Airport security screening tips from TSA
Tuesday, November 23, 2010; 11:34 AM
Here's some information from the Transportation Security Administration on what you can expect at the airports - and how you can make the process a bit smoother:
- TSA's new screening techniques are in place at all domestic airports, even if security is handled by a private company instead of TSA.
- Only passengers who set off a walk-through metal detector or advanced-imaging technology machine, or who opt out of the scanning machine receive a pat-down, TSA says.
- Items that might set off an alarm on the metal detector include: keys; loose change; mobile phones; pagers; heavy jewelry (including pins, necklaces, bracelets, rings, watches, earrings, body piercings, cuff links, lanyards or bolo ties); clothing with metal buttons; snaps or studs; metal hair barrettes or other hair decorations; belt buckles; and underwire bras.
- Travelers are required to remove their shoes and put them through the X-ray machine for inspection. Slip-on shoes make the process easier.
- Prepare for screening by removing everything from your pockets and alert the security officer if you have a hidden medical device. TSA says only a small percentage - less than 3 percent - of passengers end up needing a pat-down.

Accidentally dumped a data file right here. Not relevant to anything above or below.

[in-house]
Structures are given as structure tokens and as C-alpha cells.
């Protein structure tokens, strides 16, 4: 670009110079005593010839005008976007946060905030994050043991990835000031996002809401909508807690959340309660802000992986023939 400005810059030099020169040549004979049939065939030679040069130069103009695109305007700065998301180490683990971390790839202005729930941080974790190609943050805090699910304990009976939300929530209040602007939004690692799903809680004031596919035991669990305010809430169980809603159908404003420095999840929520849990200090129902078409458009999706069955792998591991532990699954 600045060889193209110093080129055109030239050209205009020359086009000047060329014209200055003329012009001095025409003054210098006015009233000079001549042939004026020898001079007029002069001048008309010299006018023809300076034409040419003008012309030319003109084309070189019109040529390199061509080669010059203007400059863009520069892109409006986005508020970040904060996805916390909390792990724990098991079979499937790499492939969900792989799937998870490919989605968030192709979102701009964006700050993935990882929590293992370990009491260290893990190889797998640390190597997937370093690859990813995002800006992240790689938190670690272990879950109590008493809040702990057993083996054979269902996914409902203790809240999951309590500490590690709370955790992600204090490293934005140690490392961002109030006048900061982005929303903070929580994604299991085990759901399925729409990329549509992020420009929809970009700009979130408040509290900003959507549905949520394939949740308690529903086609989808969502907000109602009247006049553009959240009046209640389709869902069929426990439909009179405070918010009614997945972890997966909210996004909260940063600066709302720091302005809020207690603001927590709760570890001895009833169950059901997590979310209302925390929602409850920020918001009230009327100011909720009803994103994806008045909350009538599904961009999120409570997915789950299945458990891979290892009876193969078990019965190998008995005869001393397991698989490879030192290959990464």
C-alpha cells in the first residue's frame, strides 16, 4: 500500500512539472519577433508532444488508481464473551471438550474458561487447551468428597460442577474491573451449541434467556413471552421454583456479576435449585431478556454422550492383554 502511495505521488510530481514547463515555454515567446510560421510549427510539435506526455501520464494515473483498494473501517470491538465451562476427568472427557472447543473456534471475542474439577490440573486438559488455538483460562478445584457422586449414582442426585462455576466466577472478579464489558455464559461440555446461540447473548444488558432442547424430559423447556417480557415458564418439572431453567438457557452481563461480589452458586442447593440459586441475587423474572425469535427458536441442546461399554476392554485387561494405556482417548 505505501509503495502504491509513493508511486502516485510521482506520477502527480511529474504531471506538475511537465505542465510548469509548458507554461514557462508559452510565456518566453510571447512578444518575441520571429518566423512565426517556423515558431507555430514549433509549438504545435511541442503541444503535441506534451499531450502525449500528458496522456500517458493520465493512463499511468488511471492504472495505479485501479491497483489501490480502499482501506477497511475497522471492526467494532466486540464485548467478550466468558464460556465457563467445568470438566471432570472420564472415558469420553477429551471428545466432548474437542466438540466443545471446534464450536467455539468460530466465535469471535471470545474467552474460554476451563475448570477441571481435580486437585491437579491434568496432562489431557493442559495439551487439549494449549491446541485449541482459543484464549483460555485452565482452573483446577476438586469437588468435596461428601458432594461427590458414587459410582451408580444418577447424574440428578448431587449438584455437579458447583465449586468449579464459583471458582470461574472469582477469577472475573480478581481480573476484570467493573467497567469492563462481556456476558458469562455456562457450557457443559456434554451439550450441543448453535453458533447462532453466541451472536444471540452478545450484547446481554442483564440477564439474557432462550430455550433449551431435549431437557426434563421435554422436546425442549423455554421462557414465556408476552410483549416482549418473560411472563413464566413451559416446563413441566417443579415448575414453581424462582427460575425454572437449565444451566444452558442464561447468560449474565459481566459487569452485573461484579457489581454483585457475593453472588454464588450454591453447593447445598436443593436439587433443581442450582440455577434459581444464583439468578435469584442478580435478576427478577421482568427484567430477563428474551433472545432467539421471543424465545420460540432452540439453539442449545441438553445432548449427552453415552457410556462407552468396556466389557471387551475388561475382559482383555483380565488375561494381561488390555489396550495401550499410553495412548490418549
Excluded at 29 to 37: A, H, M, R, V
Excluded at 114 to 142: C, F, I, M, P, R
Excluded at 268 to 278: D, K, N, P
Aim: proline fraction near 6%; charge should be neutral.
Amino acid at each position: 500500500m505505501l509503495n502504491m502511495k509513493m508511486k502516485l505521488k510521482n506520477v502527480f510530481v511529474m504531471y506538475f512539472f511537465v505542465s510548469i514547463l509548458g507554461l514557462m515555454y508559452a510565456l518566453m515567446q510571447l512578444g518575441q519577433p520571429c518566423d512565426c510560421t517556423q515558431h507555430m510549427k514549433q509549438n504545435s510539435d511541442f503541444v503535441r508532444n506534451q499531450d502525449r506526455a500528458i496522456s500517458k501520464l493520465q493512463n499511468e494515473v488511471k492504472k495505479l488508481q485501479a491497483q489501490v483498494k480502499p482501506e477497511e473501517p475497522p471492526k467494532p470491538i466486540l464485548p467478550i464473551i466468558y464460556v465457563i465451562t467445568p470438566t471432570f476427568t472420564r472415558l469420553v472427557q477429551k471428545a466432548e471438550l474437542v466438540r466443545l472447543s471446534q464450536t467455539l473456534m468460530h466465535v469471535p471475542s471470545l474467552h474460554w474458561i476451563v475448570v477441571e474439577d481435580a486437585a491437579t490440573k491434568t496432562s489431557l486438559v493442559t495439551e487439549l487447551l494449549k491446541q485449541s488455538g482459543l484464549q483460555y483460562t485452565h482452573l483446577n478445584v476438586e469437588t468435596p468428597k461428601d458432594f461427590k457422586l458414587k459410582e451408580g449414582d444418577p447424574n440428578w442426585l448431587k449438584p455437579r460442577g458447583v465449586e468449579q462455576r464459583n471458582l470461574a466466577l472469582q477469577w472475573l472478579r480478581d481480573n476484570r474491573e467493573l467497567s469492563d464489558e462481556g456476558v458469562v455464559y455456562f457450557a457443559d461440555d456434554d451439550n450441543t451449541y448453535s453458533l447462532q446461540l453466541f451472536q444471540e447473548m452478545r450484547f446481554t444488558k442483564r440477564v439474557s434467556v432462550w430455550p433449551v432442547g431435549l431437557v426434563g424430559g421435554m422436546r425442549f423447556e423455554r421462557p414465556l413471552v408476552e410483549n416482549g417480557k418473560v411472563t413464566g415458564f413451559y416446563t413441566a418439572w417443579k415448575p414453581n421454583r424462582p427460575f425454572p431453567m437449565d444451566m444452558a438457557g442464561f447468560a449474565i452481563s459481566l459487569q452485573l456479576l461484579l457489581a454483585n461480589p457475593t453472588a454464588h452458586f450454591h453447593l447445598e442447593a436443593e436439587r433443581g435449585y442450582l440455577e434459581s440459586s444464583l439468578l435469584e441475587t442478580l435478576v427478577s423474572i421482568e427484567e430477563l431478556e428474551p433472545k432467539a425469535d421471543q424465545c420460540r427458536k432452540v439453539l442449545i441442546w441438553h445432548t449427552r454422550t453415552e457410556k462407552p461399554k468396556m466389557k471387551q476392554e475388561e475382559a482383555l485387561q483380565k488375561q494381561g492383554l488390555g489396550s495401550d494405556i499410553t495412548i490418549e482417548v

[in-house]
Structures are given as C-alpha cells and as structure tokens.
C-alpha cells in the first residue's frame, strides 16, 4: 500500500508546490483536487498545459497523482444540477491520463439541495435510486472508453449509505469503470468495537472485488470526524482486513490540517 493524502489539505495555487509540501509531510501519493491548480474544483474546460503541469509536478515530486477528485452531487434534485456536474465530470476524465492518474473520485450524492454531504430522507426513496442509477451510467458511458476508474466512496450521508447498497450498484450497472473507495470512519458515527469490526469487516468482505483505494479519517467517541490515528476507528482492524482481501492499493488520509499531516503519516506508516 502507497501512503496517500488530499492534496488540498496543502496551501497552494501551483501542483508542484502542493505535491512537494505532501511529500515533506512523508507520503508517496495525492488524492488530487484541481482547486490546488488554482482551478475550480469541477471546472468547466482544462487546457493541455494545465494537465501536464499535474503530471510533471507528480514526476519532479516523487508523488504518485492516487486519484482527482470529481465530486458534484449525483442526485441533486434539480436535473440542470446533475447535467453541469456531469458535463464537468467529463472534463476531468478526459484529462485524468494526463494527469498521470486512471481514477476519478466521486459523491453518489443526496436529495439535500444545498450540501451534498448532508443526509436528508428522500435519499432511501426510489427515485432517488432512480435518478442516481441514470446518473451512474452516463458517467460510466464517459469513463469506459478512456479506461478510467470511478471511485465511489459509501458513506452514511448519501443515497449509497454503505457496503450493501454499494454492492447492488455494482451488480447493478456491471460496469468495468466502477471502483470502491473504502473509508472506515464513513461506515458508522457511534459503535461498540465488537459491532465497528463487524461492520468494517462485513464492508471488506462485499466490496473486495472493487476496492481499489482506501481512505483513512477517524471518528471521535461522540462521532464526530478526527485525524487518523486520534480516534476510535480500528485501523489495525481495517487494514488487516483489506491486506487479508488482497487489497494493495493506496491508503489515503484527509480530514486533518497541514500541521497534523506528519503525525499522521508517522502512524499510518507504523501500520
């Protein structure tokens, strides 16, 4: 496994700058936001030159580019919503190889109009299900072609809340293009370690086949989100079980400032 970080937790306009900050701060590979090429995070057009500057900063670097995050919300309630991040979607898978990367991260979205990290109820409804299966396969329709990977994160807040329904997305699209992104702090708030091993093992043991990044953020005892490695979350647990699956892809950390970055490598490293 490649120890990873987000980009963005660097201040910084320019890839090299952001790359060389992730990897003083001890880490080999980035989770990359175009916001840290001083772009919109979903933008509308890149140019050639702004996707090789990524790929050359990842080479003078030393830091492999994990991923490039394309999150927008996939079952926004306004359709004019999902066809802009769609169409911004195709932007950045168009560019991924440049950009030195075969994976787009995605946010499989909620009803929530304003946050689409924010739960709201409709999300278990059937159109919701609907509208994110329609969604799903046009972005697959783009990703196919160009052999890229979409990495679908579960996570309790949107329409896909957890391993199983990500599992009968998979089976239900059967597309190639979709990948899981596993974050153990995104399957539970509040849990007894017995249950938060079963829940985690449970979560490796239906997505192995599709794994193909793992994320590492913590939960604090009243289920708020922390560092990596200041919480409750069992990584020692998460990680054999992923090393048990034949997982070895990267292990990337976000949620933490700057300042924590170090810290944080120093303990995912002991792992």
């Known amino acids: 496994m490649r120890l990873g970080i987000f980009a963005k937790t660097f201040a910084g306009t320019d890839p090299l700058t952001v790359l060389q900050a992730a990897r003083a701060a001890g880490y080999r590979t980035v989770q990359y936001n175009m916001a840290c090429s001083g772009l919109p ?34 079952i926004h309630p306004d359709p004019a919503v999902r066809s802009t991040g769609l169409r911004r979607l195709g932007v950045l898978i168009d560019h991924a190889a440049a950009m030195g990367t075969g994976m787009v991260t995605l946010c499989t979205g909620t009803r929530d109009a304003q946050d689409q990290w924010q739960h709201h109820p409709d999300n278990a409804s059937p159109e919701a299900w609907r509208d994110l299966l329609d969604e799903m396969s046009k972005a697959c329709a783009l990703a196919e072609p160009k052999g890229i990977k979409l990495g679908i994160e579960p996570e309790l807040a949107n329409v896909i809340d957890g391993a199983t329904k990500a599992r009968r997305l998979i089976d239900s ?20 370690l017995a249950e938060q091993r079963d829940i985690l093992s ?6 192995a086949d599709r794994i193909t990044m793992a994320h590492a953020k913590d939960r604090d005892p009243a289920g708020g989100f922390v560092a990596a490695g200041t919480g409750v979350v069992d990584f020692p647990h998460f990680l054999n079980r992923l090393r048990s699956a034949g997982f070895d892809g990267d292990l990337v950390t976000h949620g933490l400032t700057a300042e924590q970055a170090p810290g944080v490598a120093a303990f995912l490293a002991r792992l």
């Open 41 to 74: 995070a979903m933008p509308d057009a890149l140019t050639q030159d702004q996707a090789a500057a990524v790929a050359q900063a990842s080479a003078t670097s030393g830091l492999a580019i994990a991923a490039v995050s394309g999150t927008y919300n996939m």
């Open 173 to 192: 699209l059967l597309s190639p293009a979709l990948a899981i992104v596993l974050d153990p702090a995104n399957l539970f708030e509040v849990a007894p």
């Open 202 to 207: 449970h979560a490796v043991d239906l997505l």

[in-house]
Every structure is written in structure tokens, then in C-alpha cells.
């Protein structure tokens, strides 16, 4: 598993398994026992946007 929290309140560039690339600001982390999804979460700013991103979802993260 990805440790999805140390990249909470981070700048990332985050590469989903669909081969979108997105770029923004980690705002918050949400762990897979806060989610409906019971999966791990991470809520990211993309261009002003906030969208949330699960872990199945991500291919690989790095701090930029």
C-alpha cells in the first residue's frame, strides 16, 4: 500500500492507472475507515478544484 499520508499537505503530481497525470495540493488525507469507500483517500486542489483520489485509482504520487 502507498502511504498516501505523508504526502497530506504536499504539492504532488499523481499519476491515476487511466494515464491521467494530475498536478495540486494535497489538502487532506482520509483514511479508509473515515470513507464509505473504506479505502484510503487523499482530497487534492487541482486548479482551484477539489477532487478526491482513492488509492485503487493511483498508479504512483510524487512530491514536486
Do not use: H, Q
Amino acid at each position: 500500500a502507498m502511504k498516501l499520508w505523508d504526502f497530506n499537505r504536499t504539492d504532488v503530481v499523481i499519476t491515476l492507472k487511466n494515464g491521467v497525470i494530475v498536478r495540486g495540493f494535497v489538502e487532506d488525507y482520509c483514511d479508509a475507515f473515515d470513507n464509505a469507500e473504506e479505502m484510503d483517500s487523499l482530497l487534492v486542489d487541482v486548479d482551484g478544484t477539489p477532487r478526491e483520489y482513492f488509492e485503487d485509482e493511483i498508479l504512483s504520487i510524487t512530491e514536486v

- Pat-downs will take longer than body scans. According to TSA, body scans take about five seconds, with an extra 15 to 20 seconds for processing. Pat-downs take 1 to 2 minutes.
- Pat-downs are conducted by TSA officers who are the same sex as the person being screened.
- Children 12 years old and younger who require extra screening will receive a "modified" pat-down. TSA has declined to provide specifics of its pat-down procedures.
- Travelers have the right to request that screening be conducted in private.
- Travelers have the right to request that a witness be present for a screening.
- TSA officers are prohibited from bringing electronic devices such as cellphones into the body-scan viewing room. Officers can be fired for violating the policy, TSA says.
- The full-body scanning machines used by TSA at airports cannot store, print or transmit images, TSA says.